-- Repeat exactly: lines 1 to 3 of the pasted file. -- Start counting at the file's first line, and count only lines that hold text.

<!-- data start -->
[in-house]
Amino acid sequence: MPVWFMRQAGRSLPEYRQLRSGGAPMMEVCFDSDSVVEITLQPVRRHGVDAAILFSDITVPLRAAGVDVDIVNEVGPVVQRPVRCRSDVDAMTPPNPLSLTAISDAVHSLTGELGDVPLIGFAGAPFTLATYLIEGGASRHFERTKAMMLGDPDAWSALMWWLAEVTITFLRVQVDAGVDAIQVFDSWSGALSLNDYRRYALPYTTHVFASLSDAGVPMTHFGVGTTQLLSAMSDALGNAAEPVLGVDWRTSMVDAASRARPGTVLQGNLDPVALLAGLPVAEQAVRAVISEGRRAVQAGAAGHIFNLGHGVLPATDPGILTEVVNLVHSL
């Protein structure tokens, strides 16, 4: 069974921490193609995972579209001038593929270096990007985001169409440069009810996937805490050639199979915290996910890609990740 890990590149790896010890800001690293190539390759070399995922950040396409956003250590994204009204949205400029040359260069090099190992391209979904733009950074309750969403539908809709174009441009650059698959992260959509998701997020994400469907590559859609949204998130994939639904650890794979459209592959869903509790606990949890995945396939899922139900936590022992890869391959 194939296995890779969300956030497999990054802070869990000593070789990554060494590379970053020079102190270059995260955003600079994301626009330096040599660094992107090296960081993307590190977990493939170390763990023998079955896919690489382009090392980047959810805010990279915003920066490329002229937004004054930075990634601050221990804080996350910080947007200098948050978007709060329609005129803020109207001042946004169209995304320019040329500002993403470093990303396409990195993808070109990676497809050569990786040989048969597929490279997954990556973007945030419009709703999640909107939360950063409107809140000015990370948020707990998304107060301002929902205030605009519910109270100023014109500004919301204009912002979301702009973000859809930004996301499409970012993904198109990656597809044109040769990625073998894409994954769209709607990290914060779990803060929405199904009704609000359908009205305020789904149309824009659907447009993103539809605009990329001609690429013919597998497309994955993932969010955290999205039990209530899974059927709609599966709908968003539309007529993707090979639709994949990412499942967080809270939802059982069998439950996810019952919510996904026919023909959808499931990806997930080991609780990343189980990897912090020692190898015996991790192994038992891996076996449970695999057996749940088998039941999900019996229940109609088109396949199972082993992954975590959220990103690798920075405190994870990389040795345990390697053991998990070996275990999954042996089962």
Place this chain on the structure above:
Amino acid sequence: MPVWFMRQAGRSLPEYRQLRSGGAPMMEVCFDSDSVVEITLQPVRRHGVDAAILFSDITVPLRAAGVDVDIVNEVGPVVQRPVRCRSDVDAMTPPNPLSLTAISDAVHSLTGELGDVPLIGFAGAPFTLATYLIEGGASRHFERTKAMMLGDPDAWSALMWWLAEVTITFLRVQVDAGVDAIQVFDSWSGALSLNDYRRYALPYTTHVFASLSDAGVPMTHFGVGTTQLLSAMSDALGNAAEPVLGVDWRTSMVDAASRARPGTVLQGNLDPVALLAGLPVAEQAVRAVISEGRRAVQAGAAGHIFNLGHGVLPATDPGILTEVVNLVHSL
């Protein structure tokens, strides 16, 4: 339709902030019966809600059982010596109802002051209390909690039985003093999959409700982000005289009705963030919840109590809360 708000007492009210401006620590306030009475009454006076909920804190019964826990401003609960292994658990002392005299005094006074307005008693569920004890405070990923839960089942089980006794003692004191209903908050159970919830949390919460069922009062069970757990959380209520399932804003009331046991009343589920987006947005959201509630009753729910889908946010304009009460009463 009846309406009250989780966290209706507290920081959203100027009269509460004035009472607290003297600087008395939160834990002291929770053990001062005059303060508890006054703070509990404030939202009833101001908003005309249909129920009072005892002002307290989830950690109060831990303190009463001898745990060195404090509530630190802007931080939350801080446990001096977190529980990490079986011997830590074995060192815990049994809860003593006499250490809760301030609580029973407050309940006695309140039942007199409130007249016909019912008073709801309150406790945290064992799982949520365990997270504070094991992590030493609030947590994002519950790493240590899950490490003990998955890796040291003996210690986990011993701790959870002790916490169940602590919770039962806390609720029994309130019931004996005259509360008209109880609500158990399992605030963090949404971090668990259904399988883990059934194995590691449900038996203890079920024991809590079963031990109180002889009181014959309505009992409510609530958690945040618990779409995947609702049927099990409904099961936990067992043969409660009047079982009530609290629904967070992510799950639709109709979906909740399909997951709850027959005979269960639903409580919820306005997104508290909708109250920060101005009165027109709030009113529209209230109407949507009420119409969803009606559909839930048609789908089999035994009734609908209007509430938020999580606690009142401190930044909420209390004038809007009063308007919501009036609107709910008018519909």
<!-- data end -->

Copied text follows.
[in-house]
Amino acid sequence: MPVWFMRQAGRSLPEYRQLRSGGAPMMEVCFDSDSVVEITLQPVRRHGVDAAILFSDITVPLRAAGVDVDIVNEVGPVVQRPVRCRSDVDAMTPPNPLSLTAISDAVHSLTGELGDVPLIGFAGAPFTLATYLIEGGASRHFERTKAMMLGDPDAWSALMWWLAEVTITFLRVQVDAGVDAIQVFDSWSGALSLNDYRRYALPYTTHVFASLSDAGVPMTHFGVGTTQLLSAMSDALGNAAEPVLGVDWRTSMVDAASRARPGTVLQGNLDPVALLAGLPVAEQAVRAVISEGRRAVQAGAAGHIFNLGHGVLPATDPGILTEVVNLVHSL
């Protein structure tokens, strides 16, 4: 069974921490193609995972579209001038593929270096990007985001169409440069009810996937805490050639199979915290996910890609990740 890990590149790896010890800001690293190539390759070399995922950040396409956003250590994204009204949205400029040359260069090099190992391209979904733009950074309750969403539908809709174009441009650059698959992260959509998701997020994400469907590559859609949204998130994939639904650890794979459209592959869903509790606990949890995945396939899922139900936590022992890869391959 194939296995890779969300956030497999990054802070869990000593070789990554060494590379970053020079102190270059995260955003600079994301626009330096040599660094992107090296960081993307590190977990493939170390763990023998079955896919690489382009090392980047959810805010990279915003920066490329002229937004004054930075990634601050221990804080996350910080947007200098948050978007709060329609005129803020109207001042946004169209995304320019040329500002993403470093990303396409990195993808070109990676497809050569990786040989048969597929490279997954990556973007945030419009709703999640909107939360950063409107809140000015990370948020707990998304107060301002929902205030605009519910109270100023014109500004919301204009912002979301702009973000859809930004996301499409970012993904198109990656597809044109040769990625073998894409994954769209709607990290914060779990803060929405199904009704609000359908009205305020789904149309824009659907447009993103539809605009990329001609690429013919597998497309994955993932969010955290999205039990209530899974059927709609599966709908968003539309007529993707090979639709994949990412499942967080809270939802059982069998439950996810019952919510996904026919023909959808499931990806997930080991609780990343189980990897912090020692190898015996991790192994038992891996076996449970695999057996749940088998039941999900019996229940109609088109396949199972082993992954975590959220990103690798920075405190994870990389040795345990390697053991998990070996275990999954042996089962």